10 found
Sort by:
Disambiguations:
Lawrence McCrea [8]Lawrence J. Mccrea [2]
  1. Lawrence McCrea (forthcoming). Appayyadīkṣita's Invention of Śrīkaṇṭha's Vedānta. Journal of Indian Philosophy:1-14.
    Apart from his voluminous, immensely learned, and spectacularly successful contributions to the fields of Hermeneutics (Mīmāṃsā), non-dualist Metaphysics (Advaita Vedānta), and poetics, the sixteenth century South Indian polymath Appayyadīkṣita is famed for reviving from obscurity the moribund Śaivite Vedānta tradition represented by the (thirteenth century?) Brahmasūtrabhāṣya of Śrīkaṇṭha. Appayya’s voluminous commentary on this work, his Śivārkamaṇidīpikā, not only reconstitutes Śrīkaṇṭha’s system, but radically transforms it, making it into a springboard for Appayya’s own highly original critiques of standard views of Mīmāṃsā (...)
    Direct download (2 more)  
     
    My bibliography  
     
    Export citation  
  2. Lawrence McCrea (forthcoming). Mahimabhaṭṭa's Analysis of Poetic Flaws. Journal of the American Oriental Society.
    No categories
    Direct download  
     
    My bibliography  
     
    Export citation  
  3. Lawrence McCrea (2010). Poetry Beyond Good and Evil: Bilhaṇa and the Tradition of Patron-Centered Court Epic. [REVIEW] Journal of Indian Philosophy 38 (5):503-518.
    The eleventh century poet Bilhaṇa’s magnum opus, his Vikramāṅkadevacarita, quickly became one of the most admired and quoted examplars of a newly emergent genre in second millennium Sanskrit poetry, the patron-centered court epic—an extended verse composition dedicated to relating the deeds and celebrating the virtues of the pet’s own patron. But Bilhaṇa’s verse biography of his patron, the Cālukya monarch Vikramāditya VI, while ostensibly singing his praises, is colored throughout by darker suggestions that Vikramāditya may be less than the moral (...)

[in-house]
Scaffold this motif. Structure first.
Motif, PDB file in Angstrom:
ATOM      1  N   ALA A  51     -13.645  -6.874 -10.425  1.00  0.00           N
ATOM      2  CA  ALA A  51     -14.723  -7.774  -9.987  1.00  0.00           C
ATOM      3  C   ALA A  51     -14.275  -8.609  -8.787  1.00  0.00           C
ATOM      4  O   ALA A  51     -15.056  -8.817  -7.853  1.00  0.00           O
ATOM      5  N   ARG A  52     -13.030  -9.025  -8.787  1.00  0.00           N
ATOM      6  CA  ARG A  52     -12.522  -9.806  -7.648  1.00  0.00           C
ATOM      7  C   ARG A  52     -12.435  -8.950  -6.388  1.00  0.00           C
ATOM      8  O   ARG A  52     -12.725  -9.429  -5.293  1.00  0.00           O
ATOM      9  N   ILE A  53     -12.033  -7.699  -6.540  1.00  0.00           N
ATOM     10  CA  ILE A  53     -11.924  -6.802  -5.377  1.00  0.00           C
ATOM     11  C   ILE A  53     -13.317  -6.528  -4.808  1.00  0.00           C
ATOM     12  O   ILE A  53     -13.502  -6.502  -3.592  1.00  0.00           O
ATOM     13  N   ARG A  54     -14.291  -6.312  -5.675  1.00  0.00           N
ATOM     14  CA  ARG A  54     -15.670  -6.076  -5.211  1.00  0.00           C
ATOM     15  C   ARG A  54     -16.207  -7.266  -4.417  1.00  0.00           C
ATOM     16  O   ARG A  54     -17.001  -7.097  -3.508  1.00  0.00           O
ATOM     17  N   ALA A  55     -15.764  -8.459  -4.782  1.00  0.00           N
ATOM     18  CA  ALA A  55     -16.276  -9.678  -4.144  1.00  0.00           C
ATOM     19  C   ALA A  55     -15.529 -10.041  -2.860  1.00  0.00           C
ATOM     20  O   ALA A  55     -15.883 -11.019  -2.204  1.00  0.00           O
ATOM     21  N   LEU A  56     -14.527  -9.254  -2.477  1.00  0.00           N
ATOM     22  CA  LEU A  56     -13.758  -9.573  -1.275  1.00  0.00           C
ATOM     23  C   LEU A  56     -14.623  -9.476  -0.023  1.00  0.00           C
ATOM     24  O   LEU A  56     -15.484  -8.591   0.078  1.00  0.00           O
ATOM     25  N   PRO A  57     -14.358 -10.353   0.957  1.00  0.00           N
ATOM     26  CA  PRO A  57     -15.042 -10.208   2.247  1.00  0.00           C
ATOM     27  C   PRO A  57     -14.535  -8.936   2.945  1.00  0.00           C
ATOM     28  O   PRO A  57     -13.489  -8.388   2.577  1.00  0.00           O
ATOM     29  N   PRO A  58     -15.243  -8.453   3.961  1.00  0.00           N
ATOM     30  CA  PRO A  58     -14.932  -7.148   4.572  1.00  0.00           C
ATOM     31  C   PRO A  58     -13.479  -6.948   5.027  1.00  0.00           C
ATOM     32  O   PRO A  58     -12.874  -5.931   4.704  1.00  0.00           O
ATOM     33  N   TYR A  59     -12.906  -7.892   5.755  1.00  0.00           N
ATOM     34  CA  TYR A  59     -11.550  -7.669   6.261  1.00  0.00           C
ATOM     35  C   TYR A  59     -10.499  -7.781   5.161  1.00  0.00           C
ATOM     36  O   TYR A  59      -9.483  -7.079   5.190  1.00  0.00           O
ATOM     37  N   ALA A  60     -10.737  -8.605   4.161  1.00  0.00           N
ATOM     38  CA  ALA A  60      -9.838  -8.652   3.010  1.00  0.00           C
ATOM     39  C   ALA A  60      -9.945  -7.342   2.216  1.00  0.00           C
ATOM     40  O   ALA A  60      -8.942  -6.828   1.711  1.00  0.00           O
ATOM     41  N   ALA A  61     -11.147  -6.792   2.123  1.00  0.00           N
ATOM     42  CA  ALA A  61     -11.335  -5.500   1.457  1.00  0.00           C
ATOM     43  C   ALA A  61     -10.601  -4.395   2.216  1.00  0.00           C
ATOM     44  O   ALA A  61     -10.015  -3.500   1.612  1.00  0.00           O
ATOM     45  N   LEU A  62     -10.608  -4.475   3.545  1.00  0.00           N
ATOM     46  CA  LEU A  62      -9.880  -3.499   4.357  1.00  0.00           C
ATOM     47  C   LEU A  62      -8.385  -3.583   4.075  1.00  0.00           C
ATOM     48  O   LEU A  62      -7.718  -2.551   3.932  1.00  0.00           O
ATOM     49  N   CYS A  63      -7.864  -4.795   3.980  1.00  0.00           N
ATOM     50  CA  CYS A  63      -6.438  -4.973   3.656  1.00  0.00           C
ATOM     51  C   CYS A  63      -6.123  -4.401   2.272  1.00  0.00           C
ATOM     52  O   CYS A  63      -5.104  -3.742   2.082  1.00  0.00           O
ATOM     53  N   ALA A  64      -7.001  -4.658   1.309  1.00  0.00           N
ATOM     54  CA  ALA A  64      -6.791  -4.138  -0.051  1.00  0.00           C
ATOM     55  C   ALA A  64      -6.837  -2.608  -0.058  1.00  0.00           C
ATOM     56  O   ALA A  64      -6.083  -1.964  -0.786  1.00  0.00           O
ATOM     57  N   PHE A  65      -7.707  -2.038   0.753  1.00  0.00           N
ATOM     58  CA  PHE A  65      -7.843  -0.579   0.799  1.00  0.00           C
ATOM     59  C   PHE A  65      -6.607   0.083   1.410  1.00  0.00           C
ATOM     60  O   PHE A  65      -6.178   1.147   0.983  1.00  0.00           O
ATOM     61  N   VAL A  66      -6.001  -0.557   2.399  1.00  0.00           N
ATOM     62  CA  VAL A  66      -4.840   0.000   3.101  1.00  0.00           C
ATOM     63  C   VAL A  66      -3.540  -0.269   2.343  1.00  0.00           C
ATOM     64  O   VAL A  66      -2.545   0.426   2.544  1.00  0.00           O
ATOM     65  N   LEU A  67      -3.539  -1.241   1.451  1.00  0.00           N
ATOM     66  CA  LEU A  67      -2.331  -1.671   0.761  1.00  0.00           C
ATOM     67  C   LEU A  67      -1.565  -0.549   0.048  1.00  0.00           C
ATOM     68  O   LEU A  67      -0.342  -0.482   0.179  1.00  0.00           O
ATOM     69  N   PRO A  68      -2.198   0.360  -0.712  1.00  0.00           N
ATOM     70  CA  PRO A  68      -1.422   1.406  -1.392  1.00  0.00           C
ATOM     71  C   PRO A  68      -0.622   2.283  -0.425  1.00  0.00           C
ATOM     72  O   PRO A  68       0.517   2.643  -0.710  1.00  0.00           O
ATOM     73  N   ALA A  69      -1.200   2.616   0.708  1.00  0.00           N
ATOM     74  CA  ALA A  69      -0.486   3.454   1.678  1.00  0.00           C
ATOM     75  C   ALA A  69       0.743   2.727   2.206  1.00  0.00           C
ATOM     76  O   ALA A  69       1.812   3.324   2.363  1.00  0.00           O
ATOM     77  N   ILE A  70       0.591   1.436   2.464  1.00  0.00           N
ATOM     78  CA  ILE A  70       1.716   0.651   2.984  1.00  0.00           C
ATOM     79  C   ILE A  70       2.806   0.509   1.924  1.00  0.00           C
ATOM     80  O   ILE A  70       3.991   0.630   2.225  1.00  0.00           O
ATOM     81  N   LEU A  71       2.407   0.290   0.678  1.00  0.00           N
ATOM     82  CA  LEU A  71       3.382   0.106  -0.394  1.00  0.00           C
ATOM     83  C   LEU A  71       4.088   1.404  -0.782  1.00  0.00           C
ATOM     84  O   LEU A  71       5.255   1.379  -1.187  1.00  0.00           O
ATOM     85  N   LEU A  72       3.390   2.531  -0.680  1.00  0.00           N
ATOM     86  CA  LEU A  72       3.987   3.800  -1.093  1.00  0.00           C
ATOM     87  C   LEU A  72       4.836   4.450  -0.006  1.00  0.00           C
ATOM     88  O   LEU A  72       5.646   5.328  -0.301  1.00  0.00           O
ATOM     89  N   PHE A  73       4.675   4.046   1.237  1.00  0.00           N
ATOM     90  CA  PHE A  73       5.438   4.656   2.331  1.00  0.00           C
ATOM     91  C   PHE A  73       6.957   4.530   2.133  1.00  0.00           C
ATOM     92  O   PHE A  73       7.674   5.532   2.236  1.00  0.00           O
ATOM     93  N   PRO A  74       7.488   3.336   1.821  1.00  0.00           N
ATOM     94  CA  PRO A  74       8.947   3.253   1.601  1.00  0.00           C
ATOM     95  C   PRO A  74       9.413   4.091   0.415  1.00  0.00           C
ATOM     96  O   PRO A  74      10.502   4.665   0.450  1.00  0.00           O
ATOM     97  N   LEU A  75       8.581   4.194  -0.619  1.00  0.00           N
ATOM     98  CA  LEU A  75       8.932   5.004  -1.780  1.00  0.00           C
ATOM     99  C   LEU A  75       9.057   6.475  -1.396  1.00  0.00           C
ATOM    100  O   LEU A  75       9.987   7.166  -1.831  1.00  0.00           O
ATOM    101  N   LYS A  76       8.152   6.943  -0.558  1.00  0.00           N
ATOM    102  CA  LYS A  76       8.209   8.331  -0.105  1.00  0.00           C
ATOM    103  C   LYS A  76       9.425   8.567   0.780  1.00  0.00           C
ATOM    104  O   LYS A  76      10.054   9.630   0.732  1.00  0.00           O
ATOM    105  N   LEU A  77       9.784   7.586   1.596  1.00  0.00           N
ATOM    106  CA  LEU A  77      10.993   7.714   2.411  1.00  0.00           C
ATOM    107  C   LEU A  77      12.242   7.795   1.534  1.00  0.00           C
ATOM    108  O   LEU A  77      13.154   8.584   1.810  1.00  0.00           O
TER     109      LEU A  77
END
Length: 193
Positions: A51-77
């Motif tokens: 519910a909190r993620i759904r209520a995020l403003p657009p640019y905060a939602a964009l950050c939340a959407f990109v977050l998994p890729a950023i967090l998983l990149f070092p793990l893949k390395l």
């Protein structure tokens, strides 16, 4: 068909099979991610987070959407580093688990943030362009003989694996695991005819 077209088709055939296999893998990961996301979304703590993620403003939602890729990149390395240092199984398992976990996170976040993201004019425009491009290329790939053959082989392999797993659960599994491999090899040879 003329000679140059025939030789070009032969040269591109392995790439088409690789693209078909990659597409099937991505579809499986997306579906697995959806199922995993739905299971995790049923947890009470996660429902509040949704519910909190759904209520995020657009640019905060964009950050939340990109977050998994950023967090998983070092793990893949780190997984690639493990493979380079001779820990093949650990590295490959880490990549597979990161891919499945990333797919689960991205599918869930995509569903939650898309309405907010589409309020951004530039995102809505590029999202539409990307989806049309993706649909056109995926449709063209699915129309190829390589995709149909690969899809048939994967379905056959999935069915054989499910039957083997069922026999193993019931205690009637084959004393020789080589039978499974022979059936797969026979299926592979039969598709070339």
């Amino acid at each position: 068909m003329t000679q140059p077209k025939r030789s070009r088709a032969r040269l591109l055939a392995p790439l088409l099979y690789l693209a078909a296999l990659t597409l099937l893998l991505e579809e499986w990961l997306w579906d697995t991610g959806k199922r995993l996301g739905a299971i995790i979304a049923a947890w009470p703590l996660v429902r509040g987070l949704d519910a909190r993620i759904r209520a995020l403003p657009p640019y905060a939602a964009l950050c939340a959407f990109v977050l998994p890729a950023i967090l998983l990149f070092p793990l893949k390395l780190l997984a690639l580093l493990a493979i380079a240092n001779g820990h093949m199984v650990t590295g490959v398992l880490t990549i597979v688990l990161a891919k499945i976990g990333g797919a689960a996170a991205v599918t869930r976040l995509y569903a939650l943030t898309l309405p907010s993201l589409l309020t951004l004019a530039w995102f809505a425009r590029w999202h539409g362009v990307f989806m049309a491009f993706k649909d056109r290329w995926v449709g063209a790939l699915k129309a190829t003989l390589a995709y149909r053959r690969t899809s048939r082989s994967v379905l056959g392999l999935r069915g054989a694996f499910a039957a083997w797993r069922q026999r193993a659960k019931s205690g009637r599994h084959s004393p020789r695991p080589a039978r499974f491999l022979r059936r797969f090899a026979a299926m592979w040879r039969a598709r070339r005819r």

Direct download (3 more)  
     
    My bibliography  
     
    Export citation  
  4. Lawrence J. McCrea (2010). Buddhist Philosophy of Language in India: Jnanasrimitra's Monograph on Exclusion. Columbia University Press.
    This volume marks the first English translation of Jnanasrimitra's Monograph on Exclusion, a careful, critical investigation into language, perception, and conceptual awareness.
    Direct download  
     
    My bibliography  
     
    Export citation  
  5. Lawrence McCrea, Yigal Bronner & Whitney Cox (2010). Introduction. Journal of Indian Philosophy 38 (5):453-455.
    Direct download (3 more)  
     
    My bibliography  
     
    Export citation  
  6. Lawrence McCrea (2008). Playing with the System: Fragmentation and Individualization in Late Pre-Colonial Mīmāṃsā. [REVIEW] Journal of Indian Philosophy 36 (5-6):575-585.
    Studies of Indian philosophy have generally overemphasized the con-sistency of philosophical systems over time, and consequently slighted later works as derivative. This paper seeks to reassess the “system” as a basic category for analyzing Sanskrit philosophy, in particular by examining the changes that took place in hermeneutics, or Mīmāṃsā, in the sixteenth and seventeenth centuries, when it became commonplace for Mīmāṃsā authors to criticize long established Mīmāṃsā positions. At first this criticism is selective and largely directed at more recent authors, (...)
    Direct download (4 more)  
     
    My bibliography  
     
    Export citation  
  7. Lawrence J. Mccrea & Parimal G. Patil (2006). Traditionalism and Innovation: Philosophy, Exegesis, and Intellectual History in Jñānaśrīmitra's Apohaprakara A. [REVIEW] Journal of Indian Philosophy 34 (4):303-366.
    Direct download (6 more)  
     
    My bibliography  
     
    Export citation  
  8. Lawrence McCrea (2002). Novelty of Form and Novelty of Substance in Seventeenth Century Mīmāmsā. Journal of Indian Philosophy 30 (5):481-494.
    Direct download (7 more)  
     
    My bibliography  
     
    Export citation  
  9. Yigal Bronner & Lawrence McCrea (2001). The Poetics of Distortive Talk Plot and Character in Ratnākara's ``Fifty Verbal Pervesions (Vakroktipañcāśikā). Journal of Indian Philosophy 29 (4):435-464.
    Direct download (7 more)  
     
    My bibliography  
     
    Export citation  
  10. Lawrence McCrea (2000). The Hierarchical Organization of Language in Mīmāmsā Interpretive Theory. Journal of Indian Philosophy 28 (5/6):429-459.
    Direct download (5 more)  
     
    My bibliography  
     
    Export citation